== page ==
Laertes is consumed by his anger and acts accordingly, but Hamlet takes his grief to heart and plots how he will eventually avenge his father’s murder. When Laertes learns that Hamlet has killed his father, he immediately goes along with the king’s plan to kill Hamlet. Laertes agrees to “be ruled” by the King so that Hamlet “shall not ... ... middle of paper ... ...r Hamlet. Laertes and Hamlet both succeeded in killing their fathers’ murderers, but the price was the death of Ophelia, Polonius, Gertrude, and Laertes himself. Although Hamlet and Laertes are responsible for their actions in dealing with their grief, Claudius is the ultimate cause of the death throughout the castle.
I believe that he is at least partly guilty of the aforementioned crimes. He allows and also hastens his fate through his uncontrolled anger, his blind refusal of facts, and his fear of the unknown. Oedipus is controlled if not consumed by anger when he takes the lives of his father and his entire traveling party. It is only after he discovers that the man he killed that day was his father that he shows any sign of remorse. By not exercising any type of personal restate he allows himself to play pawn to the prophesy of the oracle.
Comparing Poems Salome, Hitcher, On My First Sonne and The Man He Killed The poems, Salome, Hitcher, On My First Sonne and The Man He Killed all have similar themes. The menacing and threatening ideas that the poets used are all based around death. However, each poem has a different perspective on the word with different motives and emotions. The Man He Killed is about a man who talks of the experience he had of shooting someone and the regrets he has for it. He feels guilty, as he has no conceivable explanation for shooting the man.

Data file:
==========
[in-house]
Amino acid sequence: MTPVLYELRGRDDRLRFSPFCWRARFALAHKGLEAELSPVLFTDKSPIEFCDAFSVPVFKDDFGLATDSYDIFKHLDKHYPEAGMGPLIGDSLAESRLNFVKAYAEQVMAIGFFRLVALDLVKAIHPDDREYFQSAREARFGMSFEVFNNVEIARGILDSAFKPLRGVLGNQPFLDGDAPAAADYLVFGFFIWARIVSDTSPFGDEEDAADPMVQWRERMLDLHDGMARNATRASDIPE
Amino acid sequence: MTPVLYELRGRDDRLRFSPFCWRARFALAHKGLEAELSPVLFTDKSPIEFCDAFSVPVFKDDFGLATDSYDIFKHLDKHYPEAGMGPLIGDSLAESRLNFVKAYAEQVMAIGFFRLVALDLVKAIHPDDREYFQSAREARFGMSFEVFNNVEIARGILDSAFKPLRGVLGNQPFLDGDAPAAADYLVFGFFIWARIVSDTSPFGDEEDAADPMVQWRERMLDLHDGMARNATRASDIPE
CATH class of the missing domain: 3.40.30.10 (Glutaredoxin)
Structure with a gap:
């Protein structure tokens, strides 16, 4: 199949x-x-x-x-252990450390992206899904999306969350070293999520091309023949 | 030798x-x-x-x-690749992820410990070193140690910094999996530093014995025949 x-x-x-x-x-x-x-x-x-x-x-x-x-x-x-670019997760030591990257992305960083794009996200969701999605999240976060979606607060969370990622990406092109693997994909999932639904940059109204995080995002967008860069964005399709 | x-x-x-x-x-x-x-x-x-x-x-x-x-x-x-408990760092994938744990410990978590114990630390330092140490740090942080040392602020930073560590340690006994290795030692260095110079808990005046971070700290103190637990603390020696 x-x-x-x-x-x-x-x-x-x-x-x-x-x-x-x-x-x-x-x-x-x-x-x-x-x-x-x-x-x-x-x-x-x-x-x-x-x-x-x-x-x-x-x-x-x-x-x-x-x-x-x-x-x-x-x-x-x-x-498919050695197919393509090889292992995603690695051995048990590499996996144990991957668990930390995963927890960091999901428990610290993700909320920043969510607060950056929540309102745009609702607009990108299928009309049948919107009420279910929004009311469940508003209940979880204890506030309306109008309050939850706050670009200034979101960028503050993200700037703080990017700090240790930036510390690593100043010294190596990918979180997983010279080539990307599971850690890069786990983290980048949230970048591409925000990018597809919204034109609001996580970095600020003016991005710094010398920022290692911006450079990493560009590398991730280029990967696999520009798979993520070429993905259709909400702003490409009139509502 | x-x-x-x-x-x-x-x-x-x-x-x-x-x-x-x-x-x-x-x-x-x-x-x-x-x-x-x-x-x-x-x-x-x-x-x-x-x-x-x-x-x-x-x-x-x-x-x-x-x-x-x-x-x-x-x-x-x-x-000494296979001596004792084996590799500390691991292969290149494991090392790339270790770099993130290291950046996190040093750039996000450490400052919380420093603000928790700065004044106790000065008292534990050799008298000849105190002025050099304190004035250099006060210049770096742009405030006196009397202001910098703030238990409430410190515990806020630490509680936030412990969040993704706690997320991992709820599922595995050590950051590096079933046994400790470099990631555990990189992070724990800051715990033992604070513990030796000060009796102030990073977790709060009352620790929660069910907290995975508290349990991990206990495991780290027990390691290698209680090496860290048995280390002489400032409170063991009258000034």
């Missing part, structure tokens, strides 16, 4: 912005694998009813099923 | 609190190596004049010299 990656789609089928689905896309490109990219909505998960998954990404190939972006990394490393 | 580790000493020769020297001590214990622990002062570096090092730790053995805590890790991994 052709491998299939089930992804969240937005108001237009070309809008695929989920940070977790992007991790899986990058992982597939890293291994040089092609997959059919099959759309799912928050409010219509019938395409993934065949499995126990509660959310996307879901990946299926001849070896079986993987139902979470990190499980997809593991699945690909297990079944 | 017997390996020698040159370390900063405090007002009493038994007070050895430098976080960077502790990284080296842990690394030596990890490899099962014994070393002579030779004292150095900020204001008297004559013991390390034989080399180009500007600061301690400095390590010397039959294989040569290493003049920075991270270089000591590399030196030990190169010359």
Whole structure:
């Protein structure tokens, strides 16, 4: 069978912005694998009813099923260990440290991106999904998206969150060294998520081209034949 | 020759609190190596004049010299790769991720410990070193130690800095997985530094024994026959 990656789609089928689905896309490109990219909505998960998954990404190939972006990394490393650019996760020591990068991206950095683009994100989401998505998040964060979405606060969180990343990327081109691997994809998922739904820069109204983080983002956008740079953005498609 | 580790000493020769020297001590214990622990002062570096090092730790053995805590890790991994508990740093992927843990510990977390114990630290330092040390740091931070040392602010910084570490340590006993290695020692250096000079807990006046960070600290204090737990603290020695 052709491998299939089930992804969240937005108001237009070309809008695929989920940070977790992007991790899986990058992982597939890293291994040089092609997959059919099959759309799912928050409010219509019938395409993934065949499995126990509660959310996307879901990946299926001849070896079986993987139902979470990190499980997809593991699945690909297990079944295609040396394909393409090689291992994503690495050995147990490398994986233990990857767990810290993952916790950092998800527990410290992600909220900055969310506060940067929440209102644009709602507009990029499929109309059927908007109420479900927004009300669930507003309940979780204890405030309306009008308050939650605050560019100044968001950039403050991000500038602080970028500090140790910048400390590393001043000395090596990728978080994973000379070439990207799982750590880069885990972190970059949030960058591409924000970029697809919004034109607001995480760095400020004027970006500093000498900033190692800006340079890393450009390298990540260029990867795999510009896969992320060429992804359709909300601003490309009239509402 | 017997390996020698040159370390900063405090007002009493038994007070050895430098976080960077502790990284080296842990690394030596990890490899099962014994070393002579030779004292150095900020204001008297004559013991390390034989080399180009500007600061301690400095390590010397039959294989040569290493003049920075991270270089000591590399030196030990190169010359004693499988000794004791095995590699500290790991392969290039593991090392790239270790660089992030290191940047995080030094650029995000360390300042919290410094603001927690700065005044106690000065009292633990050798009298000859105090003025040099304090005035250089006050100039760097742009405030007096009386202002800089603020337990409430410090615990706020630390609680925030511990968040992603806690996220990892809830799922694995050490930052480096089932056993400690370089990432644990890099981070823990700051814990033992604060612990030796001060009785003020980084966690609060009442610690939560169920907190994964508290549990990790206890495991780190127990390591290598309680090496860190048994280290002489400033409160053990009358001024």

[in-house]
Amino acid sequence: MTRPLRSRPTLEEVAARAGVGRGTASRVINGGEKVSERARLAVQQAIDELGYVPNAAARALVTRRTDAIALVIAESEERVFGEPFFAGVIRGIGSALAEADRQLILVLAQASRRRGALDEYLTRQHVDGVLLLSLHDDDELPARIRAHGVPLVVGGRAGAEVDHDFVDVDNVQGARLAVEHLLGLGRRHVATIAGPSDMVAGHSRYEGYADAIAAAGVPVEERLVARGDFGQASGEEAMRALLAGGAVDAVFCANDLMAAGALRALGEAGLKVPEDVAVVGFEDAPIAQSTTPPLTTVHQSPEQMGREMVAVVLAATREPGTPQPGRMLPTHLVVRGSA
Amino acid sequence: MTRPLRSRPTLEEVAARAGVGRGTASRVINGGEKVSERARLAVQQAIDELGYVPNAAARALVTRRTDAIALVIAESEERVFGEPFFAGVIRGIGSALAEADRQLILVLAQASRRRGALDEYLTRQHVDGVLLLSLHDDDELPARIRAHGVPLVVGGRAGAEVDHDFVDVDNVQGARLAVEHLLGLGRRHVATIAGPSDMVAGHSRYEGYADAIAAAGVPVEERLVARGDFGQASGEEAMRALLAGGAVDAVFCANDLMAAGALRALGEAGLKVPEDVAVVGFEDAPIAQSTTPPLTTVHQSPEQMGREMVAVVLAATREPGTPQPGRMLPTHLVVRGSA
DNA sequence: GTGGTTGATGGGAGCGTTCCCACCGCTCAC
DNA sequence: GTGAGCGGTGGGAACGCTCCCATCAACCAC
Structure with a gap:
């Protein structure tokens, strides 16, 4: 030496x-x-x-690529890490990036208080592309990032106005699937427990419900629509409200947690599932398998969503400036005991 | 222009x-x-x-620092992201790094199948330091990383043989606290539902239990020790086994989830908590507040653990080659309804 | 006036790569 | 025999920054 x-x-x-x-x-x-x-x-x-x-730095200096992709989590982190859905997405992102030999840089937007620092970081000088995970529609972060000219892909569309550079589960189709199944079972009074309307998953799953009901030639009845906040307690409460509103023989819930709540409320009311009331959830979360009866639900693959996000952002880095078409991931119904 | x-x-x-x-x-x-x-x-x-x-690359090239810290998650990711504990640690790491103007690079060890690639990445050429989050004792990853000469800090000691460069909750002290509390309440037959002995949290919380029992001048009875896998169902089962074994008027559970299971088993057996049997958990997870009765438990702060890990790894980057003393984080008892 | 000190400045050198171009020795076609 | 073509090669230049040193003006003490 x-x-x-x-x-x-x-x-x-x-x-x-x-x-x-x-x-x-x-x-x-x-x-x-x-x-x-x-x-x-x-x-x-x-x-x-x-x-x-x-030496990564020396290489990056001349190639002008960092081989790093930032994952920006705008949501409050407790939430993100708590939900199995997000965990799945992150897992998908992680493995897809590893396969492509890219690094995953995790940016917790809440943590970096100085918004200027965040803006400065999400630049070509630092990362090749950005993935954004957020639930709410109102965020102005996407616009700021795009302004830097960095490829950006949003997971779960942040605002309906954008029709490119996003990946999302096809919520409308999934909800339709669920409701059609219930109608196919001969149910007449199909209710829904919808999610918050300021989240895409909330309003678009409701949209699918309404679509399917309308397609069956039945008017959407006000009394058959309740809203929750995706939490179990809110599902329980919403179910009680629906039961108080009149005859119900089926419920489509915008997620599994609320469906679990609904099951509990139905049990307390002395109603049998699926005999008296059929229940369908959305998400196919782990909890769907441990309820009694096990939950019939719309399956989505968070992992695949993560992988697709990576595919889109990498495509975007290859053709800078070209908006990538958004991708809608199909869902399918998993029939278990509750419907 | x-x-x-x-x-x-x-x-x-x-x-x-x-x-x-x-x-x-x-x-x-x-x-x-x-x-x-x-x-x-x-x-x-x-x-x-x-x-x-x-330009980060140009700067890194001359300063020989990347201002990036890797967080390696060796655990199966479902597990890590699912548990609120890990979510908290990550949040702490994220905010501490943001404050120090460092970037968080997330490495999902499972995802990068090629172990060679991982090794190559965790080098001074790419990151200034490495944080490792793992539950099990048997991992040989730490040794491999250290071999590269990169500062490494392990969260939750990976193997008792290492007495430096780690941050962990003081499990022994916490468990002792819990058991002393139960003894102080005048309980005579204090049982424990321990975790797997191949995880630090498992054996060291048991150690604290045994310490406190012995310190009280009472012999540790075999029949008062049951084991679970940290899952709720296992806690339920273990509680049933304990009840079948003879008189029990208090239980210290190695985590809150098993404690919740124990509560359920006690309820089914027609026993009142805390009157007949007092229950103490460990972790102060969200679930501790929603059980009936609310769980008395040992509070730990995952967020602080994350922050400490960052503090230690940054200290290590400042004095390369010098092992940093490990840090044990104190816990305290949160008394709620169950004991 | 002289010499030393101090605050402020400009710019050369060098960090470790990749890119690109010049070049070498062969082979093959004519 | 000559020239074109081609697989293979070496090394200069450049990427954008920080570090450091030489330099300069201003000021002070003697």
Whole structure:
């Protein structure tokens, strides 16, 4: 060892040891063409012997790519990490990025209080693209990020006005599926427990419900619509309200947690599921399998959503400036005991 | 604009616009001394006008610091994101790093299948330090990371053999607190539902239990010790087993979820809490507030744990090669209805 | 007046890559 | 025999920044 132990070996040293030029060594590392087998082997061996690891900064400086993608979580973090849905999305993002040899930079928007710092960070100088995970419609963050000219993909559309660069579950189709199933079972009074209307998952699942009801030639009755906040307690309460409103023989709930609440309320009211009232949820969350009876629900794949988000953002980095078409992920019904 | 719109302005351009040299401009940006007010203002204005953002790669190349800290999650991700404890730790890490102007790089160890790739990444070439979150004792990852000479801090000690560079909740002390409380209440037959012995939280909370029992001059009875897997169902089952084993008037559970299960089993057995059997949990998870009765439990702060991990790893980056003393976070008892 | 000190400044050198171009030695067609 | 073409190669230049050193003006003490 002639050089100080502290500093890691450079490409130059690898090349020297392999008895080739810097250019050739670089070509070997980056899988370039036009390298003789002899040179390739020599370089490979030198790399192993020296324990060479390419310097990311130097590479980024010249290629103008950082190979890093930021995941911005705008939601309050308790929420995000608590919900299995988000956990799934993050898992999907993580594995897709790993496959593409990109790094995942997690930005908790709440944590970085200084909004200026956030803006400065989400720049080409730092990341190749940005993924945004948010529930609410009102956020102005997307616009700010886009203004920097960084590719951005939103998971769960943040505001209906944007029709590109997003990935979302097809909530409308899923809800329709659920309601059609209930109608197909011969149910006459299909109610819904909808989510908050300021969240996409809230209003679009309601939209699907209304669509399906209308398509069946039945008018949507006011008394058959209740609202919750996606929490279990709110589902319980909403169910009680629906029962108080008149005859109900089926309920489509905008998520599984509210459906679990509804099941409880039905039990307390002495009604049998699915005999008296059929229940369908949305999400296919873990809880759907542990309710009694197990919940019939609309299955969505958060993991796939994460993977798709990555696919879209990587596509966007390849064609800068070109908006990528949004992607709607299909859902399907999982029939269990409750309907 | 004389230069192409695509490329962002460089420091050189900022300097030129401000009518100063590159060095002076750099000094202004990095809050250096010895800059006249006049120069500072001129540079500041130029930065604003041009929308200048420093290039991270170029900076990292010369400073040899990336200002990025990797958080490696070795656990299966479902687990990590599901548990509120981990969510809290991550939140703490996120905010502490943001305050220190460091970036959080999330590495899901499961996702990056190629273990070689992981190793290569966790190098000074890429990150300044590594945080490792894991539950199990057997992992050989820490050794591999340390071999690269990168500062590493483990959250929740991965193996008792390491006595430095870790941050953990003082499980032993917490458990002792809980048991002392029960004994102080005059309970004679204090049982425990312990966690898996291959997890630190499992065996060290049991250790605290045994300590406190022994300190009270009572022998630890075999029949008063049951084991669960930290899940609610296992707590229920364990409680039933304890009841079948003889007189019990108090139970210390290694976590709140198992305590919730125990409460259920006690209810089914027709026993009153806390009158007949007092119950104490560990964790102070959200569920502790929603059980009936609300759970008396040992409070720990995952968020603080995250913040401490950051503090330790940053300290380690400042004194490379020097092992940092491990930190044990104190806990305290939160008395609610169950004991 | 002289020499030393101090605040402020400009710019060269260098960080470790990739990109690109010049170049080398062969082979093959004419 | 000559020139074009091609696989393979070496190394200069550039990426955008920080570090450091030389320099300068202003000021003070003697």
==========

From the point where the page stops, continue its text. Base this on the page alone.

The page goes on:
He was wrong, however, and shed the innocent blood of a loyal servant. Many people would say that Hamlet does not want to get revenge for the death of his father, but throughout the play, we see Hamlet doing that very thing. He concocts multiple plans in an attempt to make the king confess what he has done, that way Hamlet can punish him for his cruel actions. Hamlet became so consumed with his quest for revenge that he ended up killing innocent people in hopes that it was the king. His goal was not justice, but to see his uncle end up dead for the murder of his father.
The detailed descriptions of the dead man’s body show the terrible costs of the war in a physical aspect. O’Brien’s guilt almost takes on its own rhythm in the repetition of ideas, phrases, and observations about the man’s body. Some of the ideas here, especially the notion of the victim being a “slim, young, dainty man,” help emphasize O’Brien’s fixation on the effects of his action—that he killed someone who was innocent and not meant to be fighting in the war. At the same time, his focus on these physical characteristics, rather than on his own feelings, betrays his attempt to keep some distance in order to dull the pain. The long, unending sentences force the reader to read the deta... ... middle of paper ... ... big deal than in helping him work through his emotions.
This shows that Christopher's father was lying to him about his mother being dead and he had told a giant lie and was deceitful to Christopher that made him go through that pain as if he had lost his mother. The next quote happens right after father had confessed he had killed Wellington which filled Christopher with rage and fear from his father's wrong actions. Christopher states while writing in his book,"I had to get out of the house. Father had murdered Wellington. That means he could murder me, because I couldn't trust him even though he had said trust me because he had told a lie about a big thing.